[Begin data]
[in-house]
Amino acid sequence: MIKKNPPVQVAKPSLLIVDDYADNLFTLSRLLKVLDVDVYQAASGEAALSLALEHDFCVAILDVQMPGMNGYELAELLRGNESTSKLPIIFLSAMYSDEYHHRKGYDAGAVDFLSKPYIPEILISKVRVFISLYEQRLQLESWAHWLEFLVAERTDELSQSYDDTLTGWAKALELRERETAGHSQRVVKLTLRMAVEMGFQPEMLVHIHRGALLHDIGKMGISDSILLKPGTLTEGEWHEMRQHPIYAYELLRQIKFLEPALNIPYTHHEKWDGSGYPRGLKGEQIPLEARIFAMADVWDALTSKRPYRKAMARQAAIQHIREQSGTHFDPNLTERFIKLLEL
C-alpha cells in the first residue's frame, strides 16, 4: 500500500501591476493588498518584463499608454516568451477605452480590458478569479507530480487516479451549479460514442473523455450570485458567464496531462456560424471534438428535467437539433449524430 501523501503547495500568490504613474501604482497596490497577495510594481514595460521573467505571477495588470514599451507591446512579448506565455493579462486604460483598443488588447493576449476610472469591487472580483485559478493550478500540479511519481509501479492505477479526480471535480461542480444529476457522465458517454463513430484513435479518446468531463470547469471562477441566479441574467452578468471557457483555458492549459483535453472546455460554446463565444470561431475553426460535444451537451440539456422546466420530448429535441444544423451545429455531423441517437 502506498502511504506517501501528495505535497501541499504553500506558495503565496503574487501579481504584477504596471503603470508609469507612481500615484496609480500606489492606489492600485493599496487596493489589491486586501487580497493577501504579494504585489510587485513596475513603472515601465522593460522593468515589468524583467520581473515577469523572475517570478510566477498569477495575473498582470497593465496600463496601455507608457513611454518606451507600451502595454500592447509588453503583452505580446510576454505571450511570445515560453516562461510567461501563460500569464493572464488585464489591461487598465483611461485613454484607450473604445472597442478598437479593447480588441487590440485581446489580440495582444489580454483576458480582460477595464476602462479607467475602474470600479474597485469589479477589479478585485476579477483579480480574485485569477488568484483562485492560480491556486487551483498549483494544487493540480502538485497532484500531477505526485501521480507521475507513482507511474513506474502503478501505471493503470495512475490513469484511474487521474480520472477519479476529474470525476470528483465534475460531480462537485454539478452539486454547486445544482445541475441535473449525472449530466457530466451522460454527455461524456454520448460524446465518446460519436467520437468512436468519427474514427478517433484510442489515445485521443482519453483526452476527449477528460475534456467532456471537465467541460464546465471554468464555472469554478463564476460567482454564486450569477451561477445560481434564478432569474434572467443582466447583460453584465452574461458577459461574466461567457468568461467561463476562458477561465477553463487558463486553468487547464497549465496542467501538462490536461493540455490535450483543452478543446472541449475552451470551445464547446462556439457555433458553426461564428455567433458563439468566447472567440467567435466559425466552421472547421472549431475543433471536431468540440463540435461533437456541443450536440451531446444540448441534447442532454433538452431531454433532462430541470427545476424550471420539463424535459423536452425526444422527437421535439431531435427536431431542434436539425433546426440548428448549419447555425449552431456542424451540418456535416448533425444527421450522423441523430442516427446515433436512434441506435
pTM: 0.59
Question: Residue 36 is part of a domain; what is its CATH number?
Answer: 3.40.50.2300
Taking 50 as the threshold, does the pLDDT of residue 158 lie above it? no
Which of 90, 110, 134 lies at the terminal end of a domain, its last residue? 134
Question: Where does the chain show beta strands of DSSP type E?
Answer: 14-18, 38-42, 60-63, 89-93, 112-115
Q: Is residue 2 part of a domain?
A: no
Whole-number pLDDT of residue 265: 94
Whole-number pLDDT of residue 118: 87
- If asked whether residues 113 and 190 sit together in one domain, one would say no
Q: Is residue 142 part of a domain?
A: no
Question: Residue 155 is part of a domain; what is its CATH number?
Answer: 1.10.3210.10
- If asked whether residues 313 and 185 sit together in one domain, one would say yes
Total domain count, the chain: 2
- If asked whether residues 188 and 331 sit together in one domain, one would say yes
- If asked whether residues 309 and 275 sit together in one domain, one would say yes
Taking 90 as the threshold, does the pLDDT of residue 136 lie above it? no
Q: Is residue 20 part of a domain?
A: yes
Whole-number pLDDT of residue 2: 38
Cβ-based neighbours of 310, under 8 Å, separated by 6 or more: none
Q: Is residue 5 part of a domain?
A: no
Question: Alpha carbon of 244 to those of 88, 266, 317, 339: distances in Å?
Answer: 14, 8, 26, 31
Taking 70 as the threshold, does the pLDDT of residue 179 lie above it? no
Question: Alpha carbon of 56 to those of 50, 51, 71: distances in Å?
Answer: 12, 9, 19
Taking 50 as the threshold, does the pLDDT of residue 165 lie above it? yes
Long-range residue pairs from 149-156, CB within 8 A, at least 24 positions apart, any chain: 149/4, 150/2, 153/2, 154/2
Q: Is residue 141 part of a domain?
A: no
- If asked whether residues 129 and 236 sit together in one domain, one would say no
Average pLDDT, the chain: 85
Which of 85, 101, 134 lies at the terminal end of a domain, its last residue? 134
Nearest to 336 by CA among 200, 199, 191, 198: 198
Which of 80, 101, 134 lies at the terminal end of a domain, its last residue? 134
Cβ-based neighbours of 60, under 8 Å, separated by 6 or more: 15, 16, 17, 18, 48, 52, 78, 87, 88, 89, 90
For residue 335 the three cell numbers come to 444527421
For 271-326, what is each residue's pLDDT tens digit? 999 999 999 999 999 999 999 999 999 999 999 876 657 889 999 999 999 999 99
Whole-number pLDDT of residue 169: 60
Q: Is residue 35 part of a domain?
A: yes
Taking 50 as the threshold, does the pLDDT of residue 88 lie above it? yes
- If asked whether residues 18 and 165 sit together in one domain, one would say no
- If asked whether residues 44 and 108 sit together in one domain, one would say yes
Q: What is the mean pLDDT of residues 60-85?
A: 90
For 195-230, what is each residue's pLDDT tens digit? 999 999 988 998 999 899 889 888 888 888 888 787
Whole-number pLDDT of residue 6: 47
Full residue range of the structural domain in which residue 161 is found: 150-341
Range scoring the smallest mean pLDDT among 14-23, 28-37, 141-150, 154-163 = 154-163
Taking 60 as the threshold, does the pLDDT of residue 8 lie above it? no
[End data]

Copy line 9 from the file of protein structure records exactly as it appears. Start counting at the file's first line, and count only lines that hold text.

Question: Where does the chain show beta strands of DSSP type E?